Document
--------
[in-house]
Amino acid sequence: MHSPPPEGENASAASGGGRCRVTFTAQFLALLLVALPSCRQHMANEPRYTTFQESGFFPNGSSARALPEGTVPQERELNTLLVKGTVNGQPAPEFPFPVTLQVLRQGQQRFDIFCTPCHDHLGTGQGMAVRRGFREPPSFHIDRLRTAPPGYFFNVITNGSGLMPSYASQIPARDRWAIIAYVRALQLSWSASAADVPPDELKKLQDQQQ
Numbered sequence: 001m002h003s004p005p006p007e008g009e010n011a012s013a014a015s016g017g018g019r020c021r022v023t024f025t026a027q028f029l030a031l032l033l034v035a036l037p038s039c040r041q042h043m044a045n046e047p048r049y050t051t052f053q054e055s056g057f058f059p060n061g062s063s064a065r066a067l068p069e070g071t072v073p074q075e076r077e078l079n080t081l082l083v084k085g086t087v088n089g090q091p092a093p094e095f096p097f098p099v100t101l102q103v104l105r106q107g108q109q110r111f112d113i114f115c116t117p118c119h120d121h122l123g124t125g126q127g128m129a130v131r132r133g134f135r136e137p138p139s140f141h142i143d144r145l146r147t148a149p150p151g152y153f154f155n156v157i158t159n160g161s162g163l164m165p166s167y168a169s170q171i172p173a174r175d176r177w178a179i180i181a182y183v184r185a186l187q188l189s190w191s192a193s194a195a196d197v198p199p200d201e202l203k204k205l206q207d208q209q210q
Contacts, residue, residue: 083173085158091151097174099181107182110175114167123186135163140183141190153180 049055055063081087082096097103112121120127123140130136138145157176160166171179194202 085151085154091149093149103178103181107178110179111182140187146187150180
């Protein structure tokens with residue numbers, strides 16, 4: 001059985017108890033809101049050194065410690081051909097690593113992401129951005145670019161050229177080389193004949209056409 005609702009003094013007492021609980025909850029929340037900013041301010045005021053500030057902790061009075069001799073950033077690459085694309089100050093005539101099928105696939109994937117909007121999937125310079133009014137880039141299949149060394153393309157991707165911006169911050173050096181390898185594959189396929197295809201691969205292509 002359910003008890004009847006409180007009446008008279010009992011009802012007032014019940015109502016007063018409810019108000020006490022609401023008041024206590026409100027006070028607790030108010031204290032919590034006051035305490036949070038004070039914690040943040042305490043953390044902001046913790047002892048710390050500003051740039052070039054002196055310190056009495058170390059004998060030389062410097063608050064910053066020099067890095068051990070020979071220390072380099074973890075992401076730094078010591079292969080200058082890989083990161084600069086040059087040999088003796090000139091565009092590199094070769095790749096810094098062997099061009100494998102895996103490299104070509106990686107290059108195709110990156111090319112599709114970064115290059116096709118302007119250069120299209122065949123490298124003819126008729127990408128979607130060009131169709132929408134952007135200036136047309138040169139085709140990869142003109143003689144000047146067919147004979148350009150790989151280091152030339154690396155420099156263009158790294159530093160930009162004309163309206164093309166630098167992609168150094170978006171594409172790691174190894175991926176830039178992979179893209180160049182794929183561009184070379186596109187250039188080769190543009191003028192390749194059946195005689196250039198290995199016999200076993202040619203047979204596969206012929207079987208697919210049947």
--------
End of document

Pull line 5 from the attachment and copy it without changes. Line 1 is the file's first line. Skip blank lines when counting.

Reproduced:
């Protein structure tokens with residue numbers, strides 16, 4: 001059985017108890033809101049050194065410690081051909097690593113992401129951005145670019161050229177080389193004949209056409 005609702009003094013007492021609980025909850029929340037900013041301010045005021053500030057902790061009075069001799073950033077690459085694309089100050093005539101099928105696939109994937117909007121999937125310079133009014137880039141299949149060394153393309157991707165911006169911050173050096181390898185594959189396929197295809201691969205292509 002359910003008890004009847006409180007009446008008279010009992011009802012007032014019940015109502016007063018409810019108000020006490022609401023008041024206590026409100027006070028607790030108010031204290032919590034006051035305490036949070038004070039914690040943040042305490043953390044902001046913790047002892048710390050500003051740039052070039054002196055310190056009495058170390059004998060030389062410097063608050064910053066020099067890095068051990070020979071220390072380099074973890075992401076730094078010591079292969080200058082890989083990161084600069086040059087040999088003796090000139091565009092590199094070769095790749096810094098062997099061009100494998102895996103490299104070509106990686107290059108195709110990156111090319112599709114970064115290059116096709118302007119250069120299209122065949123490298124003819126008729127990408128979607130060009131169709132929408134952007135200036136047309138040169139085709140990869142003109143003689144000047146067919147004979148350009150790989151280091152030339154690396155420099156263009158790294159530093160930009162004309163309206164093309166630098167992609168150094170978006171594409172790691174190894175991926176830039178992979179893209180160049182794929183561009184070379186596109187250039188080769190543009191003028192390749194059946195005689196250039198290995199016999200076993202040619203047979204596969206012929207079987208697919210049947």